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Tuesday, 30 March 2010

Zola, Farewell, Auf Wiedersehen, Goodbye

Those at the bottom of the Premier League table decided to take over the ‘you first, no you first, no you…’ exchanges from the top dogs and prove that they really are all as bad as each other this weekend. For the second year running (and possibly more), those that survive a season in the top flight will know that it’s not necessarily because they were good, but rather because others were just that little bit more rubbish.

In the thick of this race to remain stranded on less than 30 points for the season are West Ham. If the other clubs in the relegation mire are in freefall, West Ham are approaching terminal velocity.

One argument is the oft-repeated mantra that Zola is ‘too nice’, but that’s not quite it. You don’t really tend to cut it as a professional footballer for 20 years at the very top if you’re ‘too nice’. Zola’s problem, in fact, is that he is simply too inexperienced and this has brought with it the majority of his managerial difficulties.

West Ham tried to rectify this by bringing in Steve Clarke from Chelsea and were widely applauded for it. However, I can fully imagine a wealth of scenarios in which Zola bows and has bowed to Clarke’s knowledge and experience ahead of his own – though Clarke’s CV itself is quite brief, being in charge of Chelsea youth teams before building a reputation with the teams of Mourinho and Grant.

Spot the difference – Mourinho isn’t short of belief and courage in his own convictions and Grant, previously a Champions League finalist, is now being widely lauded for the job he is doing at stricken Portsmouth. They are men who require an assistant to assist, not to mentor.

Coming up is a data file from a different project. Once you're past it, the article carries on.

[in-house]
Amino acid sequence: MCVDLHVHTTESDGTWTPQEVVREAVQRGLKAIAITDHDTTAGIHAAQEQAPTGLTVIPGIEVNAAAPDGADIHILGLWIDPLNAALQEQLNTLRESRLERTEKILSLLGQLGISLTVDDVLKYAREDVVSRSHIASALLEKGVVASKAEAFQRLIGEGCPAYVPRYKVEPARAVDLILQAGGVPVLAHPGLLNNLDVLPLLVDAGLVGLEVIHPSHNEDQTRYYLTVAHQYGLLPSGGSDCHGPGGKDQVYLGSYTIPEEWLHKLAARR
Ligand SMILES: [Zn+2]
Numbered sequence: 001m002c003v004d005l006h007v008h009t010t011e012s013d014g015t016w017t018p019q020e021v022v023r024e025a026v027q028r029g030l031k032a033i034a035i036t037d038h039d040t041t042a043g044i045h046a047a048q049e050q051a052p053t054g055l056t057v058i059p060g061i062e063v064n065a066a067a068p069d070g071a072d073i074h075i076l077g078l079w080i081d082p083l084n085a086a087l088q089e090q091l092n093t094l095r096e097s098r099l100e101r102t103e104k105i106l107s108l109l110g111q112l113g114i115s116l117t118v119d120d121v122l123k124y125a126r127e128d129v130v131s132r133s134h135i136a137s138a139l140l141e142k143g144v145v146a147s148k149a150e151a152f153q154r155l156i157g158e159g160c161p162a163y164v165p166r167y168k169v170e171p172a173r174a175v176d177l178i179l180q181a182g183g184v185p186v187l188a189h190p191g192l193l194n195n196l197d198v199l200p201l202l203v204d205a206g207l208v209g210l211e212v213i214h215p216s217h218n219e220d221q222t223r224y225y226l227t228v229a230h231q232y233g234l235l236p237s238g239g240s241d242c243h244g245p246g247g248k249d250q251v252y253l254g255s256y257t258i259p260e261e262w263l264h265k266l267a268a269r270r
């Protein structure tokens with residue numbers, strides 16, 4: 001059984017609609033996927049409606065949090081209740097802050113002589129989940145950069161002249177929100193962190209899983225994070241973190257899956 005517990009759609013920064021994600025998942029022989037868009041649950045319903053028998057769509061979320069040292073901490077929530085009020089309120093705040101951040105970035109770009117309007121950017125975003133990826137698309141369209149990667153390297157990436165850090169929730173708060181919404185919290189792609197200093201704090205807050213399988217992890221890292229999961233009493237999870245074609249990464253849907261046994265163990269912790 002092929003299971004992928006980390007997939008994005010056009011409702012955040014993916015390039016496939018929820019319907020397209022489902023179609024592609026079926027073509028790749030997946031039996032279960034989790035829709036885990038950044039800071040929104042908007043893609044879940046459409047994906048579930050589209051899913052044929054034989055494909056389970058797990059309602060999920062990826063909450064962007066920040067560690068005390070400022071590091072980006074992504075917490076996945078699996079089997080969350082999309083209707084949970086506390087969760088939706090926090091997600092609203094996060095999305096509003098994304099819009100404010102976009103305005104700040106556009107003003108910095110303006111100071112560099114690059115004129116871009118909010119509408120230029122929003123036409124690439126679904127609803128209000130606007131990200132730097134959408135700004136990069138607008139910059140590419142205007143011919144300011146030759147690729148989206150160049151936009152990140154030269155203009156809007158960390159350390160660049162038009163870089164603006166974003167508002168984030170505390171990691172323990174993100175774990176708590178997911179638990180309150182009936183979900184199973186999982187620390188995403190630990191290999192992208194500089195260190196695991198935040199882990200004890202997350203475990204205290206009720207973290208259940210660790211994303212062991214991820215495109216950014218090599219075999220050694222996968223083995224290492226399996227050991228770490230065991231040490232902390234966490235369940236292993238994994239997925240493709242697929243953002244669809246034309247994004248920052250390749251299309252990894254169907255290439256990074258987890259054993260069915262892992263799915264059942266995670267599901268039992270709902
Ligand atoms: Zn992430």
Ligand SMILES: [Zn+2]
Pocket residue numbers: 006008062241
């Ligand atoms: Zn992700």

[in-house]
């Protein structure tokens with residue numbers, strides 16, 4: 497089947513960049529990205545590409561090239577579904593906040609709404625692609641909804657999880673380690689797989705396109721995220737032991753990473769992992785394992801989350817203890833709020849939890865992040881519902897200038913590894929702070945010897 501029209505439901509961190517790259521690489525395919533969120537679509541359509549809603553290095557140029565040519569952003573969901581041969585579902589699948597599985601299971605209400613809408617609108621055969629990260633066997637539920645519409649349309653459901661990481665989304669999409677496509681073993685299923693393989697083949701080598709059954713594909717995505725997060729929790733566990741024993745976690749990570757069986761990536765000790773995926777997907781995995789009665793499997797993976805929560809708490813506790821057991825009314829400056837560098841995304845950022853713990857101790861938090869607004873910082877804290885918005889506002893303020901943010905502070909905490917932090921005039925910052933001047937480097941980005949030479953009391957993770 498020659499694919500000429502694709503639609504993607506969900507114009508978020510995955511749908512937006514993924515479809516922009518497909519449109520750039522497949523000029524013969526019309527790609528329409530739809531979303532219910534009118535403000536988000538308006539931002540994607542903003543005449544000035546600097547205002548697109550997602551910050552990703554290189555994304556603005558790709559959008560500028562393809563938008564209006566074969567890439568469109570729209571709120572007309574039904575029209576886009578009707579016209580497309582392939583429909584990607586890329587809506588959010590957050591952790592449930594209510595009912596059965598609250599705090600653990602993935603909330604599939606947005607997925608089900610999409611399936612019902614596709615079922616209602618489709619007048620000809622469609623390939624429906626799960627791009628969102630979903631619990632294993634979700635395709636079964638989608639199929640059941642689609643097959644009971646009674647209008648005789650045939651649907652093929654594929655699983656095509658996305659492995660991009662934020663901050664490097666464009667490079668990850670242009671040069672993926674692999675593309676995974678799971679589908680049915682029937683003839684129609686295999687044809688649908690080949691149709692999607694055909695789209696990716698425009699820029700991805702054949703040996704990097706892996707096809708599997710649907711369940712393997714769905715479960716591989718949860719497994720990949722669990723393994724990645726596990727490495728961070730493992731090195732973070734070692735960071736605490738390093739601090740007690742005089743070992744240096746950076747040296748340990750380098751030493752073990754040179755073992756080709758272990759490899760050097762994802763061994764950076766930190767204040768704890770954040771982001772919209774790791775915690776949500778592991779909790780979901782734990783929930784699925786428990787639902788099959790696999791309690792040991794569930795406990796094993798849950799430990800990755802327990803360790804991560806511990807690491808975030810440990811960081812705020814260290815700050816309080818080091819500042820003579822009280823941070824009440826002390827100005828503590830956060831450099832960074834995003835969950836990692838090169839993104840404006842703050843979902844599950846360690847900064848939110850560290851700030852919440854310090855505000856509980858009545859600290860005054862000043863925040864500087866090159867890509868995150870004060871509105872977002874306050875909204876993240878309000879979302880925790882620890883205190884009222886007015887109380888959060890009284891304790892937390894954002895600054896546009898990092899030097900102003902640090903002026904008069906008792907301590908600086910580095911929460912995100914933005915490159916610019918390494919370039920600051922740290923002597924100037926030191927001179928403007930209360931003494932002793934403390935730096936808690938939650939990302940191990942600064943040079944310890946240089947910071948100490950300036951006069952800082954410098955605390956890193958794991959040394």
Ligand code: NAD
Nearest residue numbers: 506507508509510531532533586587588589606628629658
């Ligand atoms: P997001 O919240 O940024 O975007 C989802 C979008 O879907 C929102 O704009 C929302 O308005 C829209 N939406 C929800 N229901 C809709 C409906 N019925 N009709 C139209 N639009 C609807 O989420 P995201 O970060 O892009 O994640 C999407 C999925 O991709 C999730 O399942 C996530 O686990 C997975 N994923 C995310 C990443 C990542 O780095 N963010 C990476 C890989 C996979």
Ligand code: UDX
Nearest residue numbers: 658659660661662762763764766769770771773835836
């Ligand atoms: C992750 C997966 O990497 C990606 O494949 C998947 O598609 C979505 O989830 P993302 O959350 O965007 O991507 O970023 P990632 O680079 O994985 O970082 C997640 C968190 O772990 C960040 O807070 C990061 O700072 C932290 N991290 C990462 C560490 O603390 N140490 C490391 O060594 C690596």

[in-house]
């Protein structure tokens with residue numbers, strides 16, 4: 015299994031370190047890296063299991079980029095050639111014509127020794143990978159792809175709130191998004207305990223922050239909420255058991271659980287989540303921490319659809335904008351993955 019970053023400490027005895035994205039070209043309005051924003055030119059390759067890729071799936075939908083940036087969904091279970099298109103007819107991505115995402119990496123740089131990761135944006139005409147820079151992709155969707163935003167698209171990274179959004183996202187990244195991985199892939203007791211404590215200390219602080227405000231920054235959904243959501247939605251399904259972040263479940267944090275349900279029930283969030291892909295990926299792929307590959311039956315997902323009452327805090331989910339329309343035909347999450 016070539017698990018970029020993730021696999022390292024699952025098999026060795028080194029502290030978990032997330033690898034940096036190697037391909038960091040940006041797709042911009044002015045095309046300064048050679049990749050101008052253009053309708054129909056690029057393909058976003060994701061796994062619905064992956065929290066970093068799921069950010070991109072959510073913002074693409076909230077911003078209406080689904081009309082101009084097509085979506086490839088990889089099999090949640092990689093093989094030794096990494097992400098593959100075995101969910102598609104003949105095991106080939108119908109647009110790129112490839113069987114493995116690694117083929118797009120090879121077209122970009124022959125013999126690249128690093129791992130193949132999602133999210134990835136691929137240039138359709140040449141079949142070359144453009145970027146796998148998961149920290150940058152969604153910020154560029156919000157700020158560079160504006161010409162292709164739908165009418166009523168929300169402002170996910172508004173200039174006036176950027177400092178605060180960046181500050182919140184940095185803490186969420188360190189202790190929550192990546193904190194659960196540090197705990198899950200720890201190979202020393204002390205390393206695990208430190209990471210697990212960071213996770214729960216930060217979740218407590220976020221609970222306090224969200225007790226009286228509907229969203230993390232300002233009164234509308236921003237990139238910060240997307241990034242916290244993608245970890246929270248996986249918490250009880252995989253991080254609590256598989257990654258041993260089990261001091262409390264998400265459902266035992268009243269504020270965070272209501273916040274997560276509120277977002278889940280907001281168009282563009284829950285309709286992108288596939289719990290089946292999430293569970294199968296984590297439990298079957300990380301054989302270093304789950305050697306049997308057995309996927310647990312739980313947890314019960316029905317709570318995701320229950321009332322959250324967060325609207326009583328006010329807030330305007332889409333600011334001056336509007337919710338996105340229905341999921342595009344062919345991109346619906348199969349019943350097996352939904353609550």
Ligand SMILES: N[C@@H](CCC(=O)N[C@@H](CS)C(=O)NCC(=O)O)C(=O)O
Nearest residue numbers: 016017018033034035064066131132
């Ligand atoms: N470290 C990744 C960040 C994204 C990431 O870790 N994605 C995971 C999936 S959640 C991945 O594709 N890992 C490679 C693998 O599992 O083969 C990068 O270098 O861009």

Contrast that with the belief that can be seen draining from Zola with every goal conceded. Consolidating a first relatively successful season at the Boleyn Ground has proved difficult. Contrast it further with his playing career. We all knew how good he was, but crucially so did he. That’s why he isn’t ‘too nice’. You have to be a bit arrogant to be one of the best footballers in the Premier League. Being a manager though, inexperienced and up there to be shot at each Saturday brings with it a whole different set of demands. Clarke’s advice may be being asked for with increasing desperation, an influence that may also inform its content.

I don’t think you can watch Jeff and the boys on Soccer Saturday or Match of the Day without someone (normally Mark Lawrenson) saying what a ‘lovely fella’ Zola is. I revered him so much as a player that I don’t really want to believe he won’t succeed as West Ham manager. But his apparent loss of belief and this infectious uncertainty that has come across in the press has transmitted itself into his players. By publicly questioning his own future in the midst of a scenario where the successful generally stay silent and stoic, I can’t help but think that while he will always be a darling of English football for his playing achievements, his managerial career might be short-lived.

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